clock menu more-arrow no yes mobile

Filed under:

Chelsea 1-2 Manchester United, League Cup: Tactical Analysis

Breaking down Chelsea’s unfortunate home loss to Manchester United

First half

Chelsea started the half with possession from the back, up against United’s pressure. They managed to work the ball to the spare man successfully in order to break United’s pressure and advance into midfield with the ball as a team, before attempting to create chances upon establishing their position with the ball.

Typically, the key contest during the first half was Chelsea playing the ball into Kovacic who would then take on McTominay to either hold the ball under pressure and progress past him (leading to attacks in the final third), or lose the ball and allow United chances to counter.

As the half went on however, Chelsea could no longer break United’s lines as efficiently when building with the ball (United dropping off slightly), leading to them losing ball when trying to play more directly to the frontline (United winning first and second ball) and holding on to the ball in deep positions for longer amounts of time — providing United with a platform to recover the ball high from mistakes. United won the ball high up on a couple of occasions in precisely that manner, and one these short counter attacks with speed from their frontline provided them with the penalty and the subsequent goal to take the lead.

In the final stages of the half, Chelsea once again began to break through United’s pressure (making use of Kovacic’s dribbling, followed by switches to James on the right) and once again advance forward as a team with the ball to create chances from the right in the final third, but without making a difference to the scoreline before halftime.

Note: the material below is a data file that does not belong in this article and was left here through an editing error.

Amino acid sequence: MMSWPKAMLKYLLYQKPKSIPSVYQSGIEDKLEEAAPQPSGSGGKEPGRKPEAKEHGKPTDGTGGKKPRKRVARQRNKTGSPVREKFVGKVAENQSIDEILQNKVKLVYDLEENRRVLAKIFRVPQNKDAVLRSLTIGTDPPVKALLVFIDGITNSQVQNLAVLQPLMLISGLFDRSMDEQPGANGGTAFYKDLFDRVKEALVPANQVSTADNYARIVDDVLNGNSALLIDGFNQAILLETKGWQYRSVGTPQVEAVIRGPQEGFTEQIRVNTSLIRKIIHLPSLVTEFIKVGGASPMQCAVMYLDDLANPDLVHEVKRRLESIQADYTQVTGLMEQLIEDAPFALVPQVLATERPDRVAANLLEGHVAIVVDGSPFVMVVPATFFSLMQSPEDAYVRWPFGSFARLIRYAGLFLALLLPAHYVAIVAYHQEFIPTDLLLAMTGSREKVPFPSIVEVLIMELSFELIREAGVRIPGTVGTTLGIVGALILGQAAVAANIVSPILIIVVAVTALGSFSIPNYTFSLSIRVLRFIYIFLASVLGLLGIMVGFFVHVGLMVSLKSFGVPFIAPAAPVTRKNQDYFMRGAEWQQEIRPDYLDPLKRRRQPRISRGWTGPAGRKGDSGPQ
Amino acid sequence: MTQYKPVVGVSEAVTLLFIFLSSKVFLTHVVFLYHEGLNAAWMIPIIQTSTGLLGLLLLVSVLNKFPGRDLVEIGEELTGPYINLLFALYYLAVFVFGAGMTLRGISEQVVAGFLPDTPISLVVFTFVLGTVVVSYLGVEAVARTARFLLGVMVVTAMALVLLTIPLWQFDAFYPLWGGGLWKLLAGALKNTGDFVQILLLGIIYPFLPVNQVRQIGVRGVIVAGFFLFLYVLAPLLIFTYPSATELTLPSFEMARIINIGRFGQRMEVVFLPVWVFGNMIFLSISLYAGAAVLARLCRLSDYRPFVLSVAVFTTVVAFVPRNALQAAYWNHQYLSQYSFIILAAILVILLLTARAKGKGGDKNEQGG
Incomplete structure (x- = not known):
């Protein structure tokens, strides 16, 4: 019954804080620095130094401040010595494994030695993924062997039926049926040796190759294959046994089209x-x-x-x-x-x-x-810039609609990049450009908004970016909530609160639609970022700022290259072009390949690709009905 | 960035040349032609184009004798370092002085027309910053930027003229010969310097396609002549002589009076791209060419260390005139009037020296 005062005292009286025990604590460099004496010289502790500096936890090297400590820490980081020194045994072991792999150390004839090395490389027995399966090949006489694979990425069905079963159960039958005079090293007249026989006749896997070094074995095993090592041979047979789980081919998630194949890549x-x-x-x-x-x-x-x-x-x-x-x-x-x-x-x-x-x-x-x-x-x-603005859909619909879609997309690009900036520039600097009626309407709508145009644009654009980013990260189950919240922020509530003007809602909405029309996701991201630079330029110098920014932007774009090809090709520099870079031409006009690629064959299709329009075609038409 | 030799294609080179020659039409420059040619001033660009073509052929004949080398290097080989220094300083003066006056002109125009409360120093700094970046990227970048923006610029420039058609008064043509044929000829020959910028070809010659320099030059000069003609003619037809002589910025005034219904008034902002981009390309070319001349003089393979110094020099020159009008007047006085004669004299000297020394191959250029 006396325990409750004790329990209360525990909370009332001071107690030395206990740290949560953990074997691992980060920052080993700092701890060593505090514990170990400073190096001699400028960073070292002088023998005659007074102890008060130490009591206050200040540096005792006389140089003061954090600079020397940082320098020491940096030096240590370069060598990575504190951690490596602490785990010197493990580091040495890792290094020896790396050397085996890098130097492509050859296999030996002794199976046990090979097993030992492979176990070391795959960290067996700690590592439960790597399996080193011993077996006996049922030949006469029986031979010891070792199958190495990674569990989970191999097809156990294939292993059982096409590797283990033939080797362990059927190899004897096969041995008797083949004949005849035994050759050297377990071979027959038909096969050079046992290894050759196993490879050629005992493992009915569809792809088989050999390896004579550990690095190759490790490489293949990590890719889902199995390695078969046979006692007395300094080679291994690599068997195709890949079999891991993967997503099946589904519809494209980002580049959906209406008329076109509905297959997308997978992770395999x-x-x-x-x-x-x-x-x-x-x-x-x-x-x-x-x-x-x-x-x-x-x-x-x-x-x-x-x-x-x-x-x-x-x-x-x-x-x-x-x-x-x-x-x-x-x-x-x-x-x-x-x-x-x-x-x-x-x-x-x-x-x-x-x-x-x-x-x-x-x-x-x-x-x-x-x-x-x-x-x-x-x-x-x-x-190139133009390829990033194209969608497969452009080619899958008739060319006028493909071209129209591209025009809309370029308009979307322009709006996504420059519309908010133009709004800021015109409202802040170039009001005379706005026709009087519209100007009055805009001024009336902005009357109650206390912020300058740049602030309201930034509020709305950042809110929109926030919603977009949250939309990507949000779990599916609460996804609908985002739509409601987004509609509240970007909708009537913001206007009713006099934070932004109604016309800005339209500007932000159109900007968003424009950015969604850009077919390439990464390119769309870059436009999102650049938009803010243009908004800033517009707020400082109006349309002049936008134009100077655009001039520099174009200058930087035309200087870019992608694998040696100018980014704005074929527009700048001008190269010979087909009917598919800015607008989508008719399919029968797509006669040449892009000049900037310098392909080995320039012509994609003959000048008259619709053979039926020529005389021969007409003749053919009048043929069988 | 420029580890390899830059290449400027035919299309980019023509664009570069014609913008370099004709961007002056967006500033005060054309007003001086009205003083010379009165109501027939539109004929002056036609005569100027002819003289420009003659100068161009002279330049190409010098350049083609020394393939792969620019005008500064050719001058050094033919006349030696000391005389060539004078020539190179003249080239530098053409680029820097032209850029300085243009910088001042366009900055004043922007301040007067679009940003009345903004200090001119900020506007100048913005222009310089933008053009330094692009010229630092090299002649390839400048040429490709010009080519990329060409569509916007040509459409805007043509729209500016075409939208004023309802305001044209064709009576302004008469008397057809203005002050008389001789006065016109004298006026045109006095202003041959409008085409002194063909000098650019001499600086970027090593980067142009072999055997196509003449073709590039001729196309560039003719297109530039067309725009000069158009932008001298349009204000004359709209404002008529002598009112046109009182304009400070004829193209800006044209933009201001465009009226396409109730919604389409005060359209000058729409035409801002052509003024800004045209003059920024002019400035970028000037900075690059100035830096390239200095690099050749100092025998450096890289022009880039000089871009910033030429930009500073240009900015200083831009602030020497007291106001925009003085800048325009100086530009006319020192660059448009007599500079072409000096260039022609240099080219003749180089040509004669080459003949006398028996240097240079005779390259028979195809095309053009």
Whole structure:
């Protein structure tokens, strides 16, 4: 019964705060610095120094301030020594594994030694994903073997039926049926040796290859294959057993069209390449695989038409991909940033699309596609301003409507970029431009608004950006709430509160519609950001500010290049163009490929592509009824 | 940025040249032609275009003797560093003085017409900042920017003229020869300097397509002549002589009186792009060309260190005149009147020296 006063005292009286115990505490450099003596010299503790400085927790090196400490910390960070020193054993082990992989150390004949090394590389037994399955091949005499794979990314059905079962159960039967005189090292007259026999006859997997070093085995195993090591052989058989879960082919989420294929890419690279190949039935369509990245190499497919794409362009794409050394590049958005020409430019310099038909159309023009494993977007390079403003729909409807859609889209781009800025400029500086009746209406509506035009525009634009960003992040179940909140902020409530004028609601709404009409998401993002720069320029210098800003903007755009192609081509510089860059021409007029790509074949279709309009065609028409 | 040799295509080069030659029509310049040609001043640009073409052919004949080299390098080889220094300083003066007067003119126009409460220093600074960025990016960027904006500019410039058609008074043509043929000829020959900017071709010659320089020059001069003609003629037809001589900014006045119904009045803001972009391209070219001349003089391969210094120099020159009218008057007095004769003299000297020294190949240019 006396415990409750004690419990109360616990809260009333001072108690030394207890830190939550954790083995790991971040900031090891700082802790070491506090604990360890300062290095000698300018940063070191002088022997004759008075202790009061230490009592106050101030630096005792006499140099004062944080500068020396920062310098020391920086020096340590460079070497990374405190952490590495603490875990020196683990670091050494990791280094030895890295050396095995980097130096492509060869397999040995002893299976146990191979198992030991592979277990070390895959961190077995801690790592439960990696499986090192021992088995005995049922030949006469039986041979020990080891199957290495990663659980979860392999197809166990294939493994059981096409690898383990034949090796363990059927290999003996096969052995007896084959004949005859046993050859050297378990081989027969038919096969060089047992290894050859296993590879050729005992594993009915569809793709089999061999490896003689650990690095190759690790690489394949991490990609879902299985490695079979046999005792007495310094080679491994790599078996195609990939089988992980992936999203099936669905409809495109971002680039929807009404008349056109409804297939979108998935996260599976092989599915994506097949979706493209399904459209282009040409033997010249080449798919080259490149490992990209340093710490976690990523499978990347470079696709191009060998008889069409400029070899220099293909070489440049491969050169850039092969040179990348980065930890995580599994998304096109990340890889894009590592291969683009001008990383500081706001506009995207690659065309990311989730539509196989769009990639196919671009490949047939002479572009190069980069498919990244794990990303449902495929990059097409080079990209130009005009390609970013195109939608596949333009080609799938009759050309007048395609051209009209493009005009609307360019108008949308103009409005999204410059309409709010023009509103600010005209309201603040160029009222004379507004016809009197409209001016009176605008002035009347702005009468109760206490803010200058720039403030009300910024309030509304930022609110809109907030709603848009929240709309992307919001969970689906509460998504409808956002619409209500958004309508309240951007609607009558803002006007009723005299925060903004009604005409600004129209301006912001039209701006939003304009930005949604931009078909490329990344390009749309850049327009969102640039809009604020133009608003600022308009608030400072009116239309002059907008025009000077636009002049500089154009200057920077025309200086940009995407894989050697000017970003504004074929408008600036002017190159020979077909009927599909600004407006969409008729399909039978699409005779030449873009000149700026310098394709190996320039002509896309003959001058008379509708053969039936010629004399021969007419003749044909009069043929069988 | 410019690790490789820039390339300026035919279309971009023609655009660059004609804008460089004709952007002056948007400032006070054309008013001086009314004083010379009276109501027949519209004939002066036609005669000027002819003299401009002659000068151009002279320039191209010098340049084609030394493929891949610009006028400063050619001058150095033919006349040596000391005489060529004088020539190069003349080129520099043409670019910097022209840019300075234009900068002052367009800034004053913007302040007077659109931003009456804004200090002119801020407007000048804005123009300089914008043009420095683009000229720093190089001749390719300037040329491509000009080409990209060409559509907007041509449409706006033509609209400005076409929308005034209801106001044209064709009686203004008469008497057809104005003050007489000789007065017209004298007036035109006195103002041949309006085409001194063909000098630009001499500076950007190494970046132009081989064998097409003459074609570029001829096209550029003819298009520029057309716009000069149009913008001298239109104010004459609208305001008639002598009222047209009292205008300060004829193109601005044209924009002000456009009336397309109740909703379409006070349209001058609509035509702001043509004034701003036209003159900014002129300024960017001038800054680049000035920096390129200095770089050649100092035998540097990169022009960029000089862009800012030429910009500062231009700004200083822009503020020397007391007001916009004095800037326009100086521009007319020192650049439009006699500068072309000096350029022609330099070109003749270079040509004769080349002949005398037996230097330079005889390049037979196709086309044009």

Second half

Chelsea’s midfielders shifted their positions and go from a more rigid 4-3-3 to a 4-2-3-1 with the ball in the second half, which had a positive impact on their performance. With two sitting players (Kovacic and Jorginho) and Gilmour playing higher up, they provided United with different problems, especially in trying to key the press during midfield rotation.

For instance, in the first half, the decisions and distances were clear: Lingard would stay on Jorginho while McTominay and Fred would push up onto Kovacic and Gilmour (dropping for the ball). But with the rotations, where Kovacic could drop to collect the ball, moving Jorginho moved forward and Gilmour to the left (behind McTominay), McTominay would get caught between moving up to press and holding his position (because of Gilmour) — Lingard and James pressuring Kovacic didn’t produce the same amount of recoveries of the ball. This freed up Kovacic and would see Chelsea pushing United back in midfield.

Chelsea could also play forward with much more consistency after the change, where they could move up to midfield and play inside United’s half (Zouma’s long diagonal ball leading to Hudson-Odoi’s chance inside the box), find spaces behind United’s central midfielders to advance forward with the ball and create chances (Gilmour or Pulisic moving inside to receive from the wing), and allow the wingers to have more of an influence on the game in the final third than during the first half.

Despite Chelsea’s improvement and the chances they were creating with the ball as a team, it would be an individual goal from a long ball up by Caballero to Batshuayi that would see them draw the game level. United changed following the goal to bring Martial on for Lindelof and match Chelsea’s 4-2-3-1 shape, but it would be, once again, individual quality that would change the scoreline and decide the game through Rashford’s free kick.


United’s pressure limited opportunities for Chelsea to progress forward and create chances in the first half, while also recovering the ball high up to set up short counters — resulting in them winning a penalty and taking the lead. Chelsea’s change of midfield setup for the second half saw them move forward with the ball quickly, creating chances and taking away the opportunities for McTominay to recover the ball high and set up short counter-attacks as he had in the first half. However, the difference-makers in the second half were the individual qualities of Batshuayi and Rashford, and that would decide the game.

Sign up for the newsletter Sign up for the We Ain't Got No History Daily Roundup newsletter!

A daily roundup of Chelsea news from We Ain't Got No History